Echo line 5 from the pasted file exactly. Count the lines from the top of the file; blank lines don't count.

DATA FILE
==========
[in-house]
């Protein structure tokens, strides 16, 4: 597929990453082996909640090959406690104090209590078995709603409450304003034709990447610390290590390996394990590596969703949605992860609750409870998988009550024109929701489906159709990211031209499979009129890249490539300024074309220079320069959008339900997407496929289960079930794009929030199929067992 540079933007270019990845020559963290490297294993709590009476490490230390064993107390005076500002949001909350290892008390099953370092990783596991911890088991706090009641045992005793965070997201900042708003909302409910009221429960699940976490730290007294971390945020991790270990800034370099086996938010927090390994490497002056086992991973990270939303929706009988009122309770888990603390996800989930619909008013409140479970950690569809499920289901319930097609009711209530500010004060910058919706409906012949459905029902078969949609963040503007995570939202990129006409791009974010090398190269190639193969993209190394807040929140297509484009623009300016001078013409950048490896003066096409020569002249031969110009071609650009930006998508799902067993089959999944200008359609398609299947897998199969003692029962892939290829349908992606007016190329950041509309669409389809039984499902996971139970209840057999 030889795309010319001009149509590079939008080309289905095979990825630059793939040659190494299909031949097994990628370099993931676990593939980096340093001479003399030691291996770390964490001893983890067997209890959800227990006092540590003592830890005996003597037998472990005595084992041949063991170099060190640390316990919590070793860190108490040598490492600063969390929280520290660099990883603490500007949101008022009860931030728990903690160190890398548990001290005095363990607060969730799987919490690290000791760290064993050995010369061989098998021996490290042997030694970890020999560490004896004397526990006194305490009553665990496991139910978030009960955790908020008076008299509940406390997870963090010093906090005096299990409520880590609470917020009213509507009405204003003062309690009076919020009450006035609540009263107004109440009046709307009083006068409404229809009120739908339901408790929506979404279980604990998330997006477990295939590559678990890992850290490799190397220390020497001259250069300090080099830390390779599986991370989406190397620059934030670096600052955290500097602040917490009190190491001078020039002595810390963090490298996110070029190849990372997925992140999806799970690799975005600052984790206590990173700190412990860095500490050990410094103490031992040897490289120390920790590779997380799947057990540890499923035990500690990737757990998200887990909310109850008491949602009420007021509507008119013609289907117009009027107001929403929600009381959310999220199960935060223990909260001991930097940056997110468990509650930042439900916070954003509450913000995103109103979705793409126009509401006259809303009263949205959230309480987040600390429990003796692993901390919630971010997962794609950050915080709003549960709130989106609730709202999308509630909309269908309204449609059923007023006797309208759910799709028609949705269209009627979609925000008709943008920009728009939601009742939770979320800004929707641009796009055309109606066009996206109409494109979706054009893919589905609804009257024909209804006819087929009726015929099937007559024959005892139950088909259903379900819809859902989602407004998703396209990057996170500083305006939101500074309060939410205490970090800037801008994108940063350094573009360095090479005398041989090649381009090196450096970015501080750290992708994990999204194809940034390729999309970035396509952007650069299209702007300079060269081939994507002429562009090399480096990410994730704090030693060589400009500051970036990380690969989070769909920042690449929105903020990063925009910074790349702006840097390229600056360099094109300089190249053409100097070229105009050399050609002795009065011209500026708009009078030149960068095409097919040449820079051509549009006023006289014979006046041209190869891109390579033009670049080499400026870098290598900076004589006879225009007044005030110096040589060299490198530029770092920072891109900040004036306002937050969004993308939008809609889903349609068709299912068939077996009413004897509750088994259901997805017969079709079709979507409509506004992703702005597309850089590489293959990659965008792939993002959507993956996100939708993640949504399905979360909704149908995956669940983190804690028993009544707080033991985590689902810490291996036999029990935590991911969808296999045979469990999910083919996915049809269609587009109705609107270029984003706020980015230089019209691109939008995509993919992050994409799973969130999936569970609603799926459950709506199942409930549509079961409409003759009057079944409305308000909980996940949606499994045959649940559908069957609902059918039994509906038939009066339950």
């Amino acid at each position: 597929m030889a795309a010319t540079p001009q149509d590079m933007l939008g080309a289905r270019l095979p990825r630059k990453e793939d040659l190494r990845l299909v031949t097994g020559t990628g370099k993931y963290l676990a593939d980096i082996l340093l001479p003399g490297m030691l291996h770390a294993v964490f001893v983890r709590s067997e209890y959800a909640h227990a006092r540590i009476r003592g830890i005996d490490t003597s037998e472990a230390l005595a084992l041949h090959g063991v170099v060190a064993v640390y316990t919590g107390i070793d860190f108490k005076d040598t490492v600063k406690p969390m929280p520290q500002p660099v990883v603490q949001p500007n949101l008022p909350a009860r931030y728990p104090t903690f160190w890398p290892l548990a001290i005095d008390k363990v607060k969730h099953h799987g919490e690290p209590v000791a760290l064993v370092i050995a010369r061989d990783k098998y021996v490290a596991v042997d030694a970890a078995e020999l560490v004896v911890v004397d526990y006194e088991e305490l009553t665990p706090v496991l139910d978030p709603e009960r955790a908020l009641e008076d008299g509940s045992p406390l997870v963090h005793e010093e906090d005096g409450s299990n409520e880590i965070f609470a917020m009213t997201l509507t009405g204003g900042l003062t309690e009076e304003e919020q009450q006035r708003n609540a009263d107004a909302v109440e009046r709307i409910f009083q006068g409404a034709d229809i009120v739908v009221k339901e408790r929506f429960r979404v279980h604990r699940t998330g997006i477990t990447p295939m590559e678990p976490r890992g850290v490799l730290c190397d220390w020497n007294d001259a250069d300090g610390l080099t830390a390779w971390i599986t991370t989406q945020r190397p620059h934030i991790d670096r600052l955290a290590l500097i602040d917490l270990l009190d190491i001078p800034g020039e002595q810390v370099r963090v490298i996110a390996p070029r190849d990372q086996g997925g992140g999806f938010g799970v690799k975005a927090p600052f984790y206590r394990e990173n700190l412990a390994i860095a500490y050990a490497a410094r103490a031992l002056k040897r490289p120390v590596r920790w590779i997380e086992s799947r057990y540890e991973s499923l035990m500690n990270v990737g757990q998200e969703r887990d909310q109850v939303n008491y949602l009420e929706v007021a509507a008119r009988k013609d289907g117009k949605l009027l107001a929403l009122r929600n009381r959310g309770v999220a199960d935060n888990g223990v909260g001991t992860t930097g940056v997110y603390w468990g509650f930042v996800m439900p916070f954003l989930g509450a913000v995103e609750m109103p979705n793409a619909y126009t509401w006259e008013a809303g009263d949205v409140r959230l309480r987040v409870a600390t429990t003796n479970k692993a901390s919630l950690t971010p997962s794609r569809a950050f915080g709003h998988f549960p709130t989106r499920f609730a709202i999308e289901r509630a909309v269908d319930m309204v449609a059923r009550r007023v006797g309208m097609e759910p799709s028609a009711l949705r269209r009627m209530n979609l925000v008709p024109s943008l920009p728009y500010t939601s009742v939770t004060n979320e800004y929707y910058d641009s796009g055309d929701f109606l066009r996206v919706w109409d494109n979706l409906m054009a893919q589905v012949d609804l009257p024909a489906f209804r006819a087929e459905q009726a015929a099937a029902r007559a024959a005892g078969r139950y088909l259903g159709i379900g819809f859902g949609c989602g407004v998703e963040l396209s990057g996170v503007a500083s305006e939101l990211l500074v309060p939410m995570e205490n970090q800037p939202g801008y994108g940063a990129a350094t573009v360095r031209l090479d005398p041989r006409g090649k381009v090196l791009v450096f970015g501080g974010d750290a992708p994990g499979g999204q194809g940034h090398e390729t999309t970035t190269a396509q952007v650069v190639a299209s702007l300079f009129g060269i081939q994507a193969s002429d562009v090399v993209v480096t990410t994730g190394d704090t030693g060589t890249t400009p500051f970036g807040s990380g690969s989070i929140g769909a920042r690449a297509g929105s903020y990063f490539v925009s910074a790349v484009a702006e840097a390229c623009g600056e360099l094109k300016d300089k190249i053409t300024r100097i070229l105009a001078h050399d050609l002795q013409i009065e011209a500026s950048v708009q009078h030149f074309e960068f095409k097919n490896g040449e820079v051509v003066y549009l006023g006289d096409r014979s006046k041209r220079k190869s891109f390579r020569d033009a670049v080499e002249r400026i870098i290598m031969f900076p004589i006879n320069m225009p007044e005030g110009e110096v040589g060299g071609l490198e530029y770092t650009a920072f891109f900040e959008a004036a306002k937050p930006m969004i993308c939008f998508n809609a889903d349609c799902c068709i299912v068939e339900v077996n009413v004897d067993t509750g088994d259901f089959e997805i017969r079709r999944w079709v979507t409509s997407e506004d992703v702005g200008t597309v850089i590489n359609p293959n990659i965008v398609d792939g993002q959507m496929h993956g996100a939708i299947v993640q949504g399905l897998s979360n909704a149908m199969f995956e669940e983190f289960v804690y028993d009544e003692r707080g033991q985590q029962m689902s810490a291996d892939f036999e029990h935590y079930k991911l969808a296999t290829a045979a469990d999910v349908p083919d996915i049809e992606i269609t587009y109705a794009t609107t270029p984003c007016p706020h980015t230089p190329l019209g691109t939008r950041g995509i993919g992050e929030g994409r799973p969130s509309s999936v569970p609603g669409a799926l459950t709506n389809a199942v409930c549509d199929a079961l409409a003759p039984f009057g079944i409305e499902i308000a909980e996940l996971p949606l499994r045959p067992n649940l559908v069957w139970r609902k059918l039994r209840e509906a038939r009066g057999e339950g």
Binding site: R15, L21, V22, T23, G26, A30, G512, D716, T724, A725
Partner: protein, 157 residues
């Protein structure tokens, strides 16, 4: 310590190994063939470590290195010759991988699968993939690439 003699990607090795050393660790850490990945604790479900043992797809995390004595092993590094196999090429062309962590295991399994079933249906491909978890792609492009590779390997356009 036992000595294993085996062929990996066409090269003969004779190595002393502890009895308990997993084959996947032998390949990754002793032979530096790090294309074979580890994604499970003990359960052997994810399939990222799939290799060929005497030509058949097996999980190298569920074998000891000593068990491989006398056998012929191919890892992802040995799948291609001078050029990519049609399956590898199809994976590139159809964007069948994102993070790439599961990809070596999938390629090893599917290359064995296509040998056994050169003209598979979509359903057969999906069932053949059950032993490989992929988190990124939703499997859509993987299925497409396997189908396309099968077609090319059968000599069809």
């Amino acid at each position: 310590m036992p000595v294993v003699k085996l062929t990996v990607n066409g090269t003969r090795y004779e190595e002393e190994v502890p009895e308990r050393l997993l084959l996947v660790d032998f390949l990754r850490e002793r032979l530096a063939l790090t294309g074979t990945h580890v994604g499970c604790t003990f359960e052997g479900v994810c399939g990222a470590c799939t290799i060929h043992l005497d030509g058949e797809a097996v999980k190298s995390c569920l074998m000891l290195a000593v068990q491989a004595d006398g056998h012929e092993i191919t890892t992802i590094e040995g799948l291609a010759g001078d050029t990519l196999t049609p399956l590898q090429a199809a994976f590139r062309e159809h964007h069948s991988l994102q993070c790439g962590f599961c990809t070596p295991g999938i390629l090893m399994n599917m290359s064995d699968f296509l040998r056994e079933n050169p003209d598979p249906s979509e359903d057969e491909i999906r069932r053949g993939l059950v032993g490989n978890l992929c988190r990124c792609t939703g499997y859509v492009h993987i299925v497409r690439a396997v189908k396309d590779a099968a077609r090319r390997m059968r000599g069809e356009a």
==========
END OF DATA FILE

Partner: protein, 157 residues